More Than Our Share of Lumpers
By Henry E. Seaton

October 1999
Reprinted from

Many carriers and owner-operators view the lumping industry as organized extortion. Unless agreed otherwise, the carrier is responsible for loading and unloading its trailer, but the driver should have the option to either perform this service himself or hire lumpers for assistance.
In the old days, a dock foreman’s brother-in-law and a few of his buddies would hang out at the freight dock and offer their services for a rate to be negotiated. In theory, the driver had the right to unload his own truck, but the driver usually chose not to take that risk. Not much has changed.

Today, carriers frequently feel coerced to hire on-site lumpers at exorbitant fees or run the risk of excessive detention, problems with counts or claims. Consignees often decline to hire and pay dockhands to unload arriving trailers; instead, they pass the cost on to the carrier, which is expected to pay for segregating and stacking, as well as unloading, the shipment. This system is neither fair nor equitable to the trucking industry.

Congress has long recognized the possibility of coercion in the loading and unloading of trucks and in 1980 passed legislation to address the issue. This law (49 United States Code §14103) requires a shipper or receiver to provide assistance and compensate the driver for all associated lumper costs if the shipper or receiver requires the driver to be assisted.

It’s also illegal to coerce, or attempt to coerce, a driver into hiring or paying one or more people to load or unload a shipment. This statute imposes stiff civil and criminal penalties. Any shipper or receiver that knowingly authorizes, consents to or permits coercion is subject to a fine of up to $10,000 for each violation and as much as two years in prison. But in the 19 years since Congress passed these remedies, carriers have seldom, if ever, used them.

Standing alone, few carriers can afford to prosecute an offender under the anticoercion statute. Coercion is seldom expressed, but often implied; hence, it is difficult to prove.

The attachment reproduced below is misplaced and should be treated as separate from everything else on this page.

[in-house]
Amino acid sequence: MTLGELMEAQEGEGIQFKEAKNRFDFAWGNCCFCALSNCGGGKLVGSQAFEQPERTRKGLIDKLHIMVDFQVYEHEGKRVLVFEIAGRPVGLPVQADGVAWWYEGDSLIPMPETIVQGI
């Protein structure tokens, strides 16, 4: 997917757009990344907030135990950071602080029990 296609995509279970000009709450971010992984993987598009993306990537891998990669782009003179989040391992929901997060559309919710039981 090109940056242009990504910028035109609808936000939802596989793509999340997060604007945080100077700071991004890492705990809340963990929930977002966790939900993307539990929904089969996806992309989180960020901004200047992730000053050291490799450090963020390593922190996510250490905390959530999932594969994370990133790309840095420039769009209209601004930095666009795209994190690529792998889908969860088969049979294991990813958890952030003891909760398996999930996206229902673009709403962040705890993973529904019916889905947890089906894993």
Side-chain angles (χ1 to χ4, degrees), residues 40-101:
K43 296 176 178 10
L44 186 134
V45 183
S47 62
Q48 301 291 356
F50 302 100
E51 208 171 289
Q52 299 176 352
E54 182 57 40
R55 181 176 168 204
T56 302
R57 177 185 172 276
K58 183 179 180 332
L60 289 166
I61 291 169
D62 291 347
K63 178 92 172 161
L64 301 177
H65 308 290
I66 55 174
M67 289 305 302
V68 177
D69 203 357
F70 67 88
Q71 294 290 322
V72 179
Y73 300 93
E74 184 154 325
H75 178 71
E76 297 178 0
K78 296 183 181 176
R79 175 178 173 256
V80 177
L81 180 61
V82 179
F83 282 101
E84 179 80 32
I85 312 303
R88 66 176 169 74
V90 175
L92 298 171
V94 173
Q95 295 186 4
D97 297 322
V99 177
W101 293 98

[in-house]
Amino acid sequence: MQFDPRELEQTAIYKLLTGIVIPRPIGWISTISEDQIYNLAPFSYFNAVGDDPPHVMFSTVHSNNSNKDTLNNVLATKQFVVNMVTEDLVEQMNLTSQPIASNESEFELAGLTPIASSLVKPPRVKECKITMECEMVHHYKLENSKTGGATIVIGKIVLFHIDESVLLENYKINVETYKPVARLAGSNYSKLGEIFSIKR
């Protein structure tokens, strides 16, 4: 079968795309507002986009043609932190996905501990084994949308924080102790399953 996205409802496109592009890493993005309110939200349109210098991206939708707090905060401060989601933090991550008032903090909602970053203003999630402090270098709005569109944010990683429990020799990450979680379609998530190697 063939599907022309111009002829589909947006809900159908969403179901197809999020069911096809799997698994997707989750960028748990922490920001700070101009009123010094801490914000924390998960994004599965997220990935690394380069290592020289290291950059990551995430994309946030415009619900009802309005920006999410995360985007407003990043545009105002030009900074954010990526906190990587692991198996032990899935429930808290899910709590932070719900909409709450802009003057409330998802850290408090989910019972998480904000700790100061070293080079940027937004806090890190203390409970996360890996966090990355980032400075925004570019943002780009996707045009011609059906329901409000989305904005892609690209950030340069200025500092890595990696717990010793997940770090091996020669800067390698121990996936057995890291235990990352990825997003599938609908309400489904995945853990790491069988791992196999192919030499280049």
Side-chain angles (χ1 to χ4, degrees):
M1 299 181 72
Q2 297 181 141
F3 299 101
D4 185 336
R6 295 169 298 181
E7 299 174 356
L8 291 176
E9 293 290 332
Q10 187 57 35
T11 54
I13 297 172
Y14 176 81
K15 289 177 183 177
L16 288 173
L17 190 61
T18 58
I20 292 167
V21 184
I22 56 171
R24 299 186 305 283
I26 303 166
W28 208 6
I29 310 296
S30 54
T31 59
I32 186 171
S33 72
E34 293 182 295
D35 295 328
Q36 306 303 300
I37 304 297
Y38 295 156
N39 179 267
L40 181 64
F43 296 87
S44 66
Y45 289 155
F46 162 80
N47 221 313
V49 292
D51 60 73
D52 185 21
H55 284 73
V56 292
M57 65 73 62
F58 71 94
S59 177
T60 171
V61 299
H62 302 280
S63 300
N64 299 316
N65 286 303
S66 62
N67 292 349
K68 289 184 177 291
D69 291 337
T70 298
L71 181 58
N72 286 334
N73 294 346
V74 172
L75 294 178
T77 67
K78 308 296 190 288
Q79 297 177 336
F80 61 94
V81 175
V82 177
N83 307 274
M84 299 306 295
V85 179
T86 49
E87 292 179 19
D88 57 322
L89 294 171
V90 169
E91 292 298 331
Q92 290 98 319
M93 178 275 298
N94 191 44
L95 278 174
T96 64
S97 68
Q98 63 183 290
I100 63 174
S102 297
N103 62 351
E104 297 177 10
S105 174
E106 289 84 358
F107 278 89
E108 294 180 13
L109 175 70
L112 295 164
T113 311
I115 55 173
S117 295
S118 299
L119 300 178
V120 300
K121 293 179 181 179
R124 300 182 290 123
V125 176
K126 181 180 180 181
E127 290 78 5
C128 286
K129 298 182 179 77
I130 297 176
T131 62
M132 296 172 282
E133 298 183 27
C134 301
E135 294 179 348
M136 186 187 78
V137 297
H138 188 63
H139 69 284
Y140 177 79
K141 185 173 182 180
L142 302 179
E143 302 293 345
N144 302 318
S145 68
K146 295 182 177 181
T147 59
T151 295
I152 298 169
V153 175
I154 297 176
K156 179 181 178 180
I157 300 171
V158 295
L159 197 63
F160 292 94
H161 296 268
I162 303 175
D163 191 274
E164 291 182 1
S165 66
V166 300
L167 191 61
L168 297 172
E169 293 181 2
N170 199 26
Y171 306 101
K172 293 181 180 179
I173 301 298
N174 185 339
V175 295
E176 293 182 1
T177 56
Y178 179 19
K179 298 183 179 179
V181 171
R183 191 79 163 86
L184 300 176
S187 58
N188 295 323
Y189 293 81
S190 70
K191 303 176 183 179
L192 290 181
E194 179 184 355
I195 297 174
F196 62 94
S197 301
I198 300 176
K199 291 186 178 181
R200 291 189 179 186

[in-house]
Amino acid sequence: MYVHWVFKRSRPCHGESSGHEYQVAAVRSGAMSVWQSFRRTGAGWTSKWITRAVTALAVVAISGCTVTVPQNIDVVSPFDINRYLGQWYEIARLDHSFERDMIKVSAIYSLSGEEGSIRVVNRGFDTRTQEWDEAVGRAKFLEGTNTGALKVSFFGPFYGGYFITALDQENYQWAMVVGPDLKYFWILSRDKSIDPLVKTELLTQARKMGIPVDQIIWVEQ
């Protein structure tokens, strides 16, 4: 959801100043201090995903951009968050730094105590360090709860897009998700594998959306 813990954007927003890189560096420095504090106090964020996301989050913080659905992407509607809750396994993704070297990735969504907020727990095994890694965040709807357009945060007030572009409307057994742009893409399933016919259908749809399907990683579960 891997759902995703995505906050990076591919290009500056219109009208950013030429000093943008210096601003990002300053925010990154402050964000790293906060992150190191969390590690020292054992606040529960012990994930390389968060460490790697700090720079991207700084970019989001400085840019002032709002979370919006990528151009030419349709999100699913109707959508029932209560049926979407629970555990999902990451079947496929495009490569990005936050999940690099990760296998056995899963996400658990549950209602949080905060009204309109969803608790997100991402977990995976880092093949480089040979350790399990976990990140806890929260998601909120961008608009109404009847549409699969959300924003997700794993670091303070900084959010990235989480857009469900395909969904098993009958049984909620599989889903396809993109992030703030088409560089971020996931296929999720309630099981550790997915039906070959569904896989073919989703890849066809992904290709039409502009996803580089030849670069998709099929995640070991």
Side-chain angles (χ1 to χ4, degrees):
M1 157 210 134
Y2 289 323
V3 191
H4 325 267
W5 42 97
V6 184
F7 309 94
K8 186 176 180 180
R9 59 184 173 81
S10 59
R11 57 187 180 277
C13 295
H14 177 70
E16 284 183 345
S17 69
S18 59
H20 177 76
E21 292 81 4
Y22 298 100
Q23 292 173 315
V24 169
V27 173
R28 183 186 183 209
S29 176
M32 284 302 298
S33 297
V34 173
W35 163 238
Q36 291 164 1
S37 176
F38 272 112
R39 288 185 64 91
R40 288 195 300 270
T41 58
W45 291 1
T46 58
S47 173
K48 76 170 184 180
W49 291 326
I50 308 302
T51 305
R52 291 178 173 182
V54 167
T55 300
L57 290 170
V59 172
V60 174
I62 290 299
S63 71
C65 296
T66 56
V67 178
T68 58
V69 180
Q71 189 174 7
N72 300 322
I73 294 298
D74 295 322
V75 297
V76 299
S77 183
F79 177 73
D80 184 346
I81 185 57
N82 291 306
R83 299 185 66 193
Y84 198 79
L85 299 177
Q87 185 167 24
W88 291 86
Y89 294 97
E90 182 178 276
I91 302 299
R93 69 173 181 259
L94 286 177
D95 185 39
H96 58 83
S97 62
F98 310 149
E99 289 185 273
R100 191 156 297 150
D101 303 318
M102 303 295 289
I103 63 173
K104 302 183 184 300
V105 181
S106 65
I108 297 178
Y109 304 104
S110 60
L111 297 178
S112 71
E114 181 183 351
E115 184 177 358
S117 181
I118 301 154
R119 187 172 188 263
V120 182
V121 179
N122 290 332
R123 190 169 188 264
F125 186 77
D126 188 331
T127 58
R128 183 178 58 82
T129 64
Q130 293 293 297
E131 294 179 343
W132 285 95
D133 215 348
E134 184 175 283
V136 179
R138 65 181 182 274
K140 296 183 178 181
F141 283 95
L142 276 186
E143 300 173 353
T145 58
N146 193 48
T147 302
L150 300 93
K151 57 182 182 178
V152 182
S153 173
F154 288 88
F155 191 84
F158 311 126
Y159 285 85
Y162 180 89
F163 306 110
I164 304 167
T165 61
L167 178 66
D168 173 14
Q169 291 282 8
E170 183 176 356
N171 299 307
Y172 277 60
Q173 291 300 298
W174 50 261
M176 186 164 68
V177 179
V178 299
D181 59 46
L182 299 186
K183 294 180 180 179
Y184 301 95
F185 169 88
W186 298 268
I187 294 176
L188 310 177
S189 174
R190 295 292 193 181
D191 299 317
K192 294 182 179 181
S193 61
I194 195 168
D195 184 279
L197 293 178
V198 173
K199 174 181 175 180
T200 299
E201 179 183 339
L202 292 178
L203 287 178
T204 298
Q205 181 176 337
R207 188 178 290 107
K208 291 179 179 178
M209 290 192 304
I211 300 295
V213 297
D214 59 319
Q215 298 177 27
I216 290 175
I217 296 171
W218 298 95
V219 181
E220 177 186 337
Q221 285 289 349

As labor law has evolved and carrier complaints have mounted, shippers and receivers have begun contracting with independent lumping services, which in turn employ laborers who load and unload trucks. Many carriers view this practice as an organized shakedown, suspecting receivers of paying lower rates for unloading inbound collect shipments than the rate charged carriers on prepaid loads.

To avoid coercion and lumper abuse, whenever possible specify “shipper load and count, consignee unload.” In quoting rates, provide for payment of the actual lumping costs as an accessorial charge, based on submission of lumping receipts with your invoice and proof of delivery. Whenever possible, contact the in-house lumping services and establish — by contract — consistent and fair pricing.

Fortunately, there are two positive developments in the area of lumper abuse. CompuNet Credit Services now offers an online service called Dock Report ( that lets carriers report their experiences at shipper and receiver docks throughout the country. Access to this interactive website is free through the end of the year. Available information includes detention time, lumper fees and lumper service information. To be forewarned is to be forearmed. The Dock Report gives motor carriers an effective means of monitoring abuses and ensuring their prices for lumping and detention are in line with anticipated costs.

The second development is in litigation. The Owner-Operator Independ- ent Drivers Association and other organizations are considering collective legal actions against offenders, based on the anticoercion statutes. The Dock Report should provide a network for accumulating evidence of violations. If consistent patterns of coercion can be shown, expect to see collective legal action taken against shippers and consignees.
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